In the March issue of San Francisco Magazine, Lauren Smiley writes the following:
For decades, Mission Street has resisted gentrification. Even as parallel Valencia Street has become permanently yuppified and high-end shops have crept onto staunchly Latino 24th Street, Mission Street has remained the city’s largest and densest proletarian boulevard, a multicultural equivalent of Chinatown’s Stockton Street. But now, the vital low-rent artery that pulses between 16th Street and Cesar Chavez has become the hottest—and most controversial—frontier of speculation in San Francisco.
What follows is a great, enviable piece of journalism that delves deep into the real estate deals and characters of the rapidly changing, but persistently character-rich corridor.
For what will be the first of many new editions of Listen Local, Mission Local’s podcast, I decided to spend a Sunday morning with Lauren walking down one of the neighborhood’s most historic corridors. While we couldn’t possibly cover the breadth of Lauren’s piece or the incredible diversity of Mission Street, we did get into some pretty surprising stories about new condo development, vociferous community voices, and aerial vandalism. Listen below:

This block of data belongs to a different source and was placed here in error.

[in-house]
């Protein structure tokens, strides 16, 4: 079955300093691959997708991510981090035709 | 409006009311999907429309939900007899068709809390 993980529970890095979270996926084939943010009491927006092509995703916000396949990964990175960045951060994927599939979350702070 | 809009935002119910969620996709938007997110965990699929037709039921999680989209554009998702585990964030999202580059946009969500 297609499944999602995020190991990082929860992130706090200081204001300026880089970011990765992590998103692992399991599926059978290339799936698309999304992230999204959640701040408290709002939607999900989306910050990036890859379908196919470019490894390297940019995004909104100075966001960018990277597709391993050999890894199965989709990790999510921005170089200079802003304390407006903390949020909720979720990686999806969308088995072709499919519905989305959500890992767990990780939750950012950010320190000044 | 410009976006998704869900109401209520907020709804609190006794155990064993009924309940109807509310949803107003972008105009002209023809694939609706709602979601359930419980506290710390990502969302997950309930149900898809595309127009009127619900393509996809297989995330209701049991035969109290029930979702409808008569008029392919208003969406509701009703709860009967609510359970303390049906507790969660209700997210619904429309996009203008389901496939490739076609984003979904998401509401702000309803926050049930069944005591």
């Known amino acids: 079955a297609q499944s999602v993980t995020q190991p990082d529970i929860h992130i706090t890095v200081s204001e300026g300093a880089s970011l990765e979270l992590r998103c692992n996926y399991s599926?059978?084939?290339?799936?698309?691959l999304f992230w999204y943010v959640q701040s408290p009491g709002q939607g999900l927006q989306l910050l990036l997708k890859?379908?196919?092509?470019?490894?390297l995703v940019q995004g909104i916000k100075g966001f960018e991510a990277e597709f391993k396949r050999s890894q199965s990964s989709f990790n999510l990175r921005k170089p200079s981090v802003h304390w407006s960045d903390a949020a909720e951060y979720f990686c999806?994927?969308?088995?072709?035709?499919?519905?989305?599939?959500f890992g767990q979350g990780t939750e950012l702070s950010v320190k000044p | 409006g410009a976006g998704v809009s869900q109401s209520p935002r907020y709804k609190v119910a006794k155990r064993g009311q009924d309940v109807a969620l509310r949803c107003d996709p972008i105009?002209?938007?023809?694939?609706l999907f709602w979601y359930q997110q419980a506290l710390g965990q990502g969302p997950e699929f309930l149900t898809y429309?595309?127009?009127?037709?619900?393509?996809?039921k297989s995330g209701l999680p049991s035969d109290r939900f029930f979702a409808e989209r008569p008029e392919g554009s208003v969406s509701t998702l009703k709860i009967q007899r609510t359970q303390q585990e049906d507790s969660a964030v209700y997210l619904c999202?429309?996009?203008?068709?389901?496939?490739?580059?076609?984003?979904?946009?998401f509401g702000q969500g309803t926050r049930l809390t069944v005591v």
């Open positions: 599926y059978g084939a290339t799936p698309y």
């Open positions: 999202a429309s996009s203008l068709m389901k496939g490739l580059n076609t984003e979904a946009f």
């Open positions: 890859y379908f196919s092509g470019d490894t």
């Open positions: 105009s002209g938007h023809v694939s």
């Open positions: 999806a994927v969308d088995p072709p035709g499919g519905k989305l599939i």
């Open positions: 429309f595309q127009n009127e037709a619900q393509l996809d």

Listen Local: Walking Mission Street with Lauren Smiley
Full Disclosures: Lauren was at one point the interim editor for Mission Local. Second, I contributed a small sidebar to Lauren’s story for the print edition of her article “Last Street Standing.”
Stay Tuned! We’re going to be producing more editions of Listen Local in the coming weeks. Let us know what you think and what you’d like to hear more of.